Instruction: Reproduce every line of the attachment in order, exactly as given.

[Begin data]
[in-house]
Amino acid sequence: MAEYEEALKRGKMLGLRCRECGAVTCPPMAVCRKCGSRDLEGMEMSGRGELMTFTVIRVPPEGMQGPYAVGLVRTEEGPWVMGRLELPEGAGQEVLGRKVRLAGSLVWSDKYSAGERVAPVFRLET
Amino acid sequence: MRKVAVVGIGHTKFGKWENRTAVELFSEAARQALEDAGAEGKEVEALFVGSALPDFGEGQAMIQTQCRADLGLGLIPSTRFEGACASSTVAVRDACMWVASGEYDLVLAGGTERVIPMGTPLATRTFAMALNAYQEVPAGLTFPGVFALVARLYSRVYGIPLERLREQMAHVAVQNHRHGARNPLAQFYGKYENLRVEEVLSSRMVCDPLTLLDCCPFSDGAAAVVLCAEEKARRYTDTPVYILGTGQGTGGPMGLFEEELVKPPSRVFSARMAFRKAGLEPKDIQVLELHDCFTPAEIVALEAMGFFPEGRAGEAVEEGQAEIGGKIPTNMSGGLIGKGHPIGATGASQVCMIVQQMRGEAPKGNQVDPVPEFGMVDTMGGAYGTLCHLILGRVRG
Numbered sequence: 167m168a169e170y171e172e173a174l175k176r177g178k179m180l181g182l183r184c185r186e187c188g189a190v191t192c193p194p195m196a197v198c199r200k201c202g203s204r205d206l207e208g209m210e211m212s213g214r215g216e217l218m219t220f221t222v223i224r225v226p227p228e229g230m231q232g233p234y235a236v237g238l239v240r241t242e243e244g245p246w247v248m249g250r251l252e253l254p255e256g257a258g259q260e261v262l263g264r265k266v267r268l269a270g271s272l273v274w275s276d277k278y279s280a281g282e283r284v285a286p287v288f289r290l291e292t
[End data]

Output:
[in-house]
Amino acid sequence: MAEYEEALKRGKMLGLRCRECGAVTCPPMAVCRKCGSRDLEGMEMSGRGELMTFTVIRVPPEGMQGPYAVGLVRTEEGPWVMGRLELPEGAGQEVLGRKVRLAGSLVWSDKYSAGERVAPVFRLET
Amino acid sequence: MRKVAVVGIGHTKFGKWENRTAVELFSEAARQALEDAGAEGKEVEALFVGSALPDFGEGQAMIQTQCRADLGLGLIPSTRFEGACASSTVAVRDACMWVASGEYDLVLAGGTERVIPMGTPLATRTFAMALNAYQEVPAGLTFPGVFALVARLYSRVYGIPLERLREQMAHVAVQNHRHGARNPLAQFYGKYENLRVEEVLSSRMVCDPLTLLDCCPFSDGAAAVVLCAEEKARRYTDTPVYILGTGQGTGGPMGLFEEELVKPPSRVFSARMAFRKAGLEPKDIQVLELHDCFTPAEIVALEAMGFFPEGRAGEAVEEGQAEIGGKIPTNMSGGLIGKGHPIGATGASQVCMIVQQMRGEAPKGNQVDPVPEFGMVDTMGGAYGTLCHLILGRVRG
Numbered sequence: 167m168a169e170y171e172e173a174l175k176r177g178k179m180l181g182l183r184c185r186e187c188g189a190v191t192c193p194p195m196a197v198c199r200k201c202g203s204r205d206l207e208g209m210e211m212s213g214r215g216e217l218m219t220f221t222v223i224r225v226p227p228e229g230m231q232g233p234y235a236v237g238l239v240r241t242e243e244g245p246w247v248m249g250r251l252e253l254p255e256g257a258g259q260e261v262l263g264r265k266v267r268l269a270g271s272l273v274w275s276d277k278y279s280a281g282e283r284v285a286p287v288f289r290l291e292t